In the study, the scientists used a small protein called a peptide found in approximately 70 percent of melanomas, but not in normal cells, to stimulate immune cells called killer T cells to attack the melanoma cells. Another type of immune cell called a monocyte was used to present the peptide, BRAFV600E, to the killer T cells to trigger their attack on the melanoma cells.
"In our experiments, we saw a strong cancer-killing immune response when killer T cells are stimulated with this peptide," says Dorothee Herlyn, D.V.M., senior author on the study and a professor in the Immunology Program and Molecular and Cellular Oncogenesis Program at Wistar. "The results emphasize the potential of this approach for creating an effective melanoma vaccine, and we hope to move toward human clinical trials as soon as possible."
A substantial proportion of melanoma patients, about 50 percent, have killer T cells able to recognize the BRAFV600E peptide. Combining the prevalence of the peptide among melanoma patients – about 70 percent – with the number of patients whose immune cells are able to respond to the peptide suggests that a vaccine based on BRAFV600E could treat approximately a third of all melanoma patients.
Herlyn adds that the specificity of the peptide – the fact that it is found only in melanoma cells, not normal cells – suggests that the toxicity of any vaccine based on the peptide would be minimal. Killer T cells sparked into action by the vaccine would target only the cancer cells, sparing healthy cells entirely.
Looking ahead to possible human clinical trials, another member of the scientific team, University of Pennsylvania assistant professor Brian Czerniecki, M.D., Ph.D., is working to prepare yet another type of immune cell, called a dendritic cell, to present the BRAFV600E peptide to killer T cells. Dendritic cells have as their primary job the presentation of foreign materials to the immune system, and the expectation is that dendritic cells presenting the BRAFV600E peptide would trigger the killer T cells even more effectively than the monocyte cells used in the current study. Indeed, such prepared dendritic cells might serve as the basis for a treatment vaccine that could be taken into human clinical trials.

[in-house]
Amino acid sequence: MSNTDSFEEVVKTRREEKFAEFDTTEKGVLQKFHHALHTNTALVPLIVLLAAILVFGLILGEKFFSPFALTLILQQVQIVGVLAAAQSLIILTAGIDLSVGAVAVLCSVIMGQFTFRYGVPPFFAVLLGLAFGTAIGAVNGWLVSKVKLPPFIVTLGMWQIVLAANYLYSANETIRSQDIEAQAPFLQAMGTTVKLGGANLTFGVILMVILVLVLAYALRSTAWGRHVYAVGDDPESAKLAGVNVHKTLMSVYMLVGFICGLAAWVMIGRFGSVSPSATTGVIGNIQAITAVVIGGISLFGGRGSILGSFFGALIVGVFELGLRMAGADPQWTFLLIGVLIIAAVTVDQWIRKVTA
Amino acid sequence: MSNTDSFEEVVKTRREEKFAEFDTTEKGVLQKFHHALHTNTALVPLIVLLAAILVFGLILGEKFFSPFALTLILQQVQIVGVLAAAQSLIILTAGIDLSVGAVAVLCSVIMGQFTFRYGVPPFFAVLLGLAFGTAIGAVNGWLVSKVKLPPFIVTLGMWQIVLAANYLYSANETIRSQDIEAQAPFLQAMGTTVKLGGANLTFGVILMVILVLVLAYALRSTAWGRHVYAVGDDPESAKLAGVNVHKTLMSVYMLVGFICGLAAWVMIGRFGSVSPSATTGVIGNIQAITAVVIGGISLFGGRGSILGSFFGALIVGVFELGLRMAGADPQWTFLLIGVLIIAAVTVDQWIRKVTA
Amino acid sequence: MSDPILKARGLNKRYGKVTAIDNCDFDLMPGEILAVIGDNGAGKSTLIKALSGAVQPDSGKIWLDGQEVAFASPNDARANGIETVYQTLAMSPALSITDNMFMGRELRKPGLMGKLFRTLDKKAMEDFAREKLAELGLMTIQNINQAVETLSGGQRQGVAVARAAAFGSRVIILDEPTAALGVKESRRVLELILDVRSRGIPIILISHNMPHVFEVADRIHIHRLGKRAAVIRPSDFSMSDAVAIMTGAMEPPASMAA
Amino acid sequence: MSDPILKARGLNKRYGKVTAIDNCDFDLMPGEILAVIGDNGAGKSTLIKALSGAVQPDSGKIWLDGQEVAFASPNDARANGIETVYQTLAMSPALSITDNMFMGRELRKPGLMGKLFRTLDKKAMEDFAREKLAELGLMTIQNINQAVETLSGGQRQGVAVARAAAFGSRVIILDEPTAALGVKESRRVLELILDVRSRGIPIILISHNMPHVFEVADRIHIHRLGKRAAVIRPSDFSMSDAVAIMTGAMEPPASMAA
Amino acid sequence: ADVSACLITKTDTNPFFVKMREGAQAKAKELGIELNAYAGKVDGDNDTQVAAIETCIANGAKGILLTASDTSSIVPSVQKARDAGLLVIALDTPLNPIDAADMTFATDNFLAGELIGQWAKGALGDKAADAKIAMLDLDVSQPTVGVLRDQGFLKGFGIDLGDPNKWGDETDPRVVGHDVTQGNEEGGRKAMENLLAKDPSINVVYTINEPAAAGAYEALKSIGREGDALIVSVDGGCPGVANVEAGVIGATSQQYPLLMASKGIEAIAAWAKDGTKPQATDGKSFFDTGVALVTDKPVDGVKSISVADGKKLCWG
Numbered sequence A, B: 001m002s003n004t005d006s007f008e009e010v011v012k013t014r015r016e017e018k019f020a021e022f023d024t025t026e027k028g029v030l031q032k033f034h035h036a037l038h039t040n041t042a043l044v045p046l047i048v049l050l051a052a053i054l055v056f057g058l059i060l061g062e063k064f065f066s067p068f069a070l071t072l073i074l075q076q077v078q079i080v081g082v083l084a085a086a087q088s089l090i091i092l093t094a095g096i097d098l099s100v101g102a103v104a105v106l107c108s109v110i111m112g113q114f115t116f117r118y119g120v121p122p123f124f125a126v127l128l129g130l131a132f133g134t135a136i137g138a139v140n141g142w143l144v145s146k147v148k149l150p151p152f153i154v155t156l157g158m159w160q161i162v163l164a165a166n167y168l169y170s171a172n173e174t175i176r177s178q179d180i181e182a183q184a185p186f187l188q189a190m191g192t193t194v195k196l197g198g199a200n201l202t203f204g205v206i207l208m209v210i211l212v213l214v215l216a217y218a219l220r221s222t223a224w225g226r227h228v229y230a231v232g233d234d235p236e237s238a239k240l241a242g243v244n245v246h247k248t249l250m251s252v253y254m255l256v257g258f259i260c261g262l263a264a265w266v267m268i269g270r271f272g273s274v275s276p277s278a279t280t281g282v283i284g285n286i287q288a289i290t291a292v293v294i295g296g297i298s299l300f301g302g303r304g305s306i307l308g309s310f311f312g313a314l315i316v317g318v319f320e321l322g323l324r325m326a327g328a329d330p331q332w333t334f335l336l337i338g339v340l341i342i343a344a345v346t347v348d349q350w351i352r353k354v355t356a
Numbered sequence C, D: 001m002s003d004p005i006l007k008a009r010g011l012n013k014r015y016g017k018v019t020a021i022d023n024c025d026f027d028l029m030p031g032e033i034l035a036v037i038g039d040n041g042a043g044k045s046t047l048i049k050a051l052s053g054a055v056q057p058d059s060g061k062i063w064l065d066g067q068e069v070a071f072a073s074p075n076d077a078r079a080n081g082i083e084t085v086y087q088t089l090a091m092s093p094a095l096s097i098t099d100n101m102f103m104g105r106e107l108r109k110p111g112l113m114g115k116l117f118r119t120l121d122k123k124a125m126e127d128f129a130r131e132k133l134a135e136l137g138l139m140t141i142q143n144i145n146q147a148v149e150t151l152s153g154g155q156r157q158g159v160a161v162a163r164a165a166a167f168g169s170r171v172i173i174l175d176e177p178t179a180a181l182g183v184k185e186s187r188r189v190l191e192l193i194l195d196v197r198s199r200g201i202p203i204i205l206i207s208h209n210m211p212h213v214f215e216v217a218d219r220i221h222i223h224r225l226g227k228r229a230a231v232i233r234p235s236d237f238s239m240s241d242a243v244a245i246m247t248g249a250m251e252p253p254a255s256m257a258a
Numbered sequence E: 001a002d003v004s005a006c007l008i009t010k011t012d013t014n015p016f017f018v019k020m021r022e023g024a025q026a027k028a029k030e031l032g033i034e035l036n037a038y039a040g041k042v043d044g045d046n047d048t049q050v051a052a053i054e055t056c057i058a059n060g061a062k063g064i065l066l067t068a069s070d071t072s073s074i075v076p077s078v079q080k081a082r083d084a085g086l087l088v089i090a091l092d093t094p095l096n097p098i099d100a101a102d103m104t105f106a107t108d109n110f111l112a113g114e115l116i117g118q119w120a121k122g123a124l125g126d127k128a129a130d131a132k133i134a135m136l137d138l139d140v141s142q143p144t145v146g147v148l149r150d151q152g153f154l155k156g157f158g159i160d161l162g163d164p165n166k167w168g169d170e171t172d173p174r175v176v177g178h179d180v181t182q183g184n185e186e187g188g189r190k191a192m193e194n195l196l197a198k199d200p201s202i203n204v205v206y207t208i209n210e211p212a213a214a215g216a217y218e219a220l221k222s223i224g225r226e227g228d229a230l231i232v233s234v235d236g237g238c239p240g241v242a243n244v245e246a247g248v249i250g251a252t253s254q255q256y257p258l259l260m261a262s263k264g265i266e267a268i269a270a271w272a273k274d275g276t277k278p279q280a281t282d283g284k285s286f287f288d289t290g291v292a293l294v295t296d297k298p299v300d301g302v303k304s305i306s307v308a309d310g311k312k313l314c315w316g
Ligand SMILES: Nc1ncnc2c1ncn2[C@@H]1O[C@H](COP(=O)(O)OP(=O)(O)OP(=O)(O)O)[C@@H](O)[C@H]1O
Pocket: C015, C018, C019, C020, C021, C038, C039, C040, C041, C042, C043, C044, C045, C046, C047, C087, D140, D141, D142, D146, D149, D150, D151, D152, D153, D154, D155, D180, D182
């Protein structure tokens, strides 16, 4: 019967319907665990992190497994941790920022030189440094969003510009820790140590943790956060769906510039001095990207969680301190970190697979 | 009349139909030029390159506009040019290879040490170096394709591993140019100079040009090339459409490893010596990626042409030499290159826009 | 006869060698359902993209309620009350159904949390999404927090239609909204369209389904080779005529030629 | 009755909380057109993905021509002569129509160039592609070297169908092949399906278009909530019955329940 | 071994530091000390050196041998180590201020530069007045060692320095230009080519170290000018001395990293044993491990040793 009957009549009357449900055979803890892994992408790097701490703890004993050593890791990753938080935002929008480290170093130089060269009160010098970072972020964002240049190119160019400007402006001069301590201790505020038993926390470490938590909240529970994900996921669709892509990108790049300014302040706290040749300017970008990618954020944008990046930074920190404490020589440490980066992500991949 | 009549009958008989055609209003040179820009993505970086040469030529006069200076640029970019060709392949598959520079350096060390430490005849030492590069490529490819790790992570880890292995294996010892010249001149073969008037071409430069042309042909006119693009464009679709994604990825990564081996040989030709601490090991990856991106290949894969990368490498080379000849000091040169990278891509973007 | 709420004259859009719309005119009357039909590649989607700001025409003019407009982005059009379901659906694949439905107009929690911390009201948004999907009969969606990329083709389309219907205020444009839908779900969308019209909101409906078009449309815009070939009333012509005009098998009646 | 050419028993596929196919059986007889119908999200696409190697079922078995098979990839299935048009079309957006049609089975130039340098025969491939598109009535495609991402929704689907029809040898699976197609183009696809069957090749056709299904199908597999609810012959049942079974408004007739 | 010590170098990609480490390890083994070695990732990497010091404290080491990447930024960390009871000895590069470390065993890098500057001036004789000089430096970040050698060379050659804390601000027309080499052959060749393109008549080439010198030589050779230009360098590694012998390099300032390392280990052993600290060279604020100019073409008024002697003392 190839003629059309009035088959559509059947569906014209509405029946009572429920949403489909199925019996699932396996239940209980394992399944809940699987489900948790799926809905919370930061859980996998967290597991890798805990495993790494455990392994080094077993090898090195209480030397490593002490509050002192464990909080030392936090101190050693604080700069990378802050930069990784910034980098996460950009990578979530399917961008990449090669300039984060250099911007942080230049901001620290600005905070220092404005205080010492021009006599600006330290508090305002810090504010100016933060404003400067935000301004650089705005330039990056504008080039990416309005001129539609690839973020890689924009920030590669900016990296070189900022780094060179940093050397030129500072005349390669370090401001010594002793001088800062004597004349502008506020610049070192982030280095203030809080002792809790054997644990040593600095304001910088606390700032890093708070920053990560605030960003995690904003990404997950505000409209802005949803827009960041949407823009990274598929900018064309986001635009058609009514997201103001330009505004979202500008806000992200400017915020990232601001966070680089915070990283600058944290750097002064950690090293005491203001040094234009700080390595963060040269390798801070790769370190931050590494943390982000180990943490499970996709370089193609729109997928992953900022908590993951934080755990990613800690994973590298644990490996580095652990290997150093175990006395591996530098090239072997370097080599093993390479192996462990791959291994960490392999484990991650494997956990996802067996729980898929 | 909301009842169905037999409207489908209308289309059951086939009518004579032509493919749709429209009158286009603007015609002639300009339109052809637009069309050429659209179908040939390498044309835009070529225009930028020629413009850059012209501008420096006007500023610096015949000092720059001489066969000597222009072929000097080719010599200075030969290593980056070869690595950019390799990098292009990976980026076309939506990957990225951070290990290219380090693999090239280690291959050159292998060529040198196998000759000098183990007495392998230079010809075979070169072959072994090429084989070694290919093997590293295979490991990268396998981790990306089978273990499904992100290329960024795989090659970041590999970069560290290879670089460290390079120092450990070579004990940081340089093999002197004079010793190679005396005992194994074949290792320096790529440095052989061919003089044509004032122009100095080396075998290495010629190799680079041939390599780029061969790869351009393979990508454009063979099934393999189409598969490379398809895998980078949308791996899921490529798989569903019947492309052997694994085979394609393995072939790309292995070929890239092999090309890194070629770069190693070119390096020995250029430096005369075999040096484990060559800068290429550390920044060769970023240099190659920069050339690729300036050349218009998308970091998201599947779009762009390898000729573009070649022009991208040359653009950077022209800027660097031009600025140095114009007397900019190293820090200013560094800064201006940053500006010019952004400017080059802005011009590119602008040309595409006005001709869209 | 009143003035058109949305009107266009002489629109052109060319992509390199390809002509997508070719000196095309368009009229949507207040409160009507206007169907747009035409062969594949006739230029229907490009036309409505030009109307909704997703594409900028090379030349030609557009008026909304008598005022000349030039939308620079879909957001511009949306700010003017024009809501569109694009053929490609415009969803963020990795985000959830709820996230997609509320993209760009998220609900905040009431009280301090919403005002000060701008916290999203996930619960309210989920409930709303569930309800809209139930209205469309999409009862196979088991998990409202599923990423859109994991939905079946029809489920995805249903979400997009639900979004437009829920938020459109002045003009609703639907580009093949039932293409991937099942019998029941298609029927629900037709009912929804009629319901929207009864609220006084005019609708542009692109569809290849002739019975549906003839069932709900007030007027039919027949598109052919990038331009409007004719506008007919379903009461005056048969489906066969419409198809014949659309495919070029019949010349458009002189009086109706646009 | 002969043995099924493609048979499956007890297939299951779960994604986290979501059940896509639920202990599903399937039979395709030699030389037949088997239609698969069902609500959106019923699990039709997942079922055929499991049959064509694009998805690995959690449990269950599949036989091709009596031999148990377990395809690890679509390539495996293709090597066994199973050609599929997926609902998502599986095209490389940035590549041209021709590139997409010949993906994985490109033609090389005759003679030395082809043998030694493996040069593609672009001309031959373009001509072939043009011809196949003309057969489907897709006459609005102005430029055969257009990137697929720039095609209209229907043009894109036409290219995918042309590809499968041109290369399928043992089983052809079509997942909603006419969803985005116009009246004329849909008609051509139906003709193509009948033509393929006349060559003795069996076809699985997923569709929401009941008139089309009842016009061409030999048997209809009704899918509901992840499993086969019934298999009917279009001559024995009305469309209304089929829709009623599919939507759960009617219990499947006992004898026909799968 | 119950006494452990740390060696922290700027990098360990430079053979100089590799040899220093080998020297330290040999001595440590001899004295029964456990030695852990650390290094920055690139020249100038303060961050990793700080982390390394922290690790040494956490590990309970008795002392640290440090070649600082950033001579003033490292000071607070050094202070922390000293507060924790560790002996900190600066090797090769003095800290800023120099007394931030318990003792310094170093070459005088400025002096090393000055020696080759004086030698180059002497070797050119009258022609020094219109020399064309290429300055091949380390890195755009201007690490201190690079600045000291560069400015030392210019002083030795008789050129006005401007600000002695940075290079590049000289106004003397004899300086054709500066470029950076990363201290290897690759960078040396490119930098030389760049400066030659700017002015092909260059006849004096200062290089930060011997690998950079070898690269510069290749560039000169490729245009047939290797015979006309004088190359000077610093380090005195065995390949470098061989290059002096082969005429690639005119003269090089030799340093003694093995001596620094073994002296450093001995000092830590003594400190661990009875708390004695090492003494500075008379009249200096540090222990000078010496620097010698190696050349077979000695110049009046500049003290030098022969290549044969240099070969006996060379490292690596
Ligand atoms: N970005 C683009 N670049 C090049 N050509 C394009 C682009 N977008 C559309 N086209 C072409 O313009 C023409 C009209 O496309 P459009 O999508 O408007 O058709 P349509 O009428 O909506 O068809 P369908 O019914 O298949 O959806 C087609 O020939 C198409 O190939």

Herlyn is senior author on the Cancer Research study. The lead author is Rajasekharan Somasundaram, also at Wistar. The additional Wistar coauthors are Rolf Swoboda, Laura Caputo, and Laszlo Otvos (now at Temple University). The remaining coauthors are Barbara Weber, Patricia Volpe, Patricia van Belle, Susan Hotz, David E. Elder, Lynn Schuchter, DuPont Guerry, and Brian J. Czerniecki of the University of Pennsylvania, and Francesco M. Marincola with the National Institutes of Health.
Support for the research was provided by the National Institutes of Health and the Commonwealth Universal Research Enhancement Program of the Pennsylvania Department of Health.
The Wistar Institute is an independent nonprofit biomedical research institution dedicated to discovering the causes and cures for major diseases, including cancer, cardiovascular disease, autoimmune disorders, and infectious diseases, including AIDS and influenza. Founded in 1892 as the first institution of its kind in the nation, The Wistar Institute today is a National Cancer Institute-designated Cancer Center focused on basic and translational research. Discoveries at Wistar have led to the creation of vaccines for such diseases as rabies, rubella, and rotavirus; significant insights into the mechanisms of skin, brain, breast, lung, and prostate cancers; and the development of monoclonal antibodies and other significant research technologies and tools. News releases from The Wistar Institute are available to reporters by direct e-mail upon request.
Last reviewed: By John M. Grohol, Psy.D. on 21 Feb 2009
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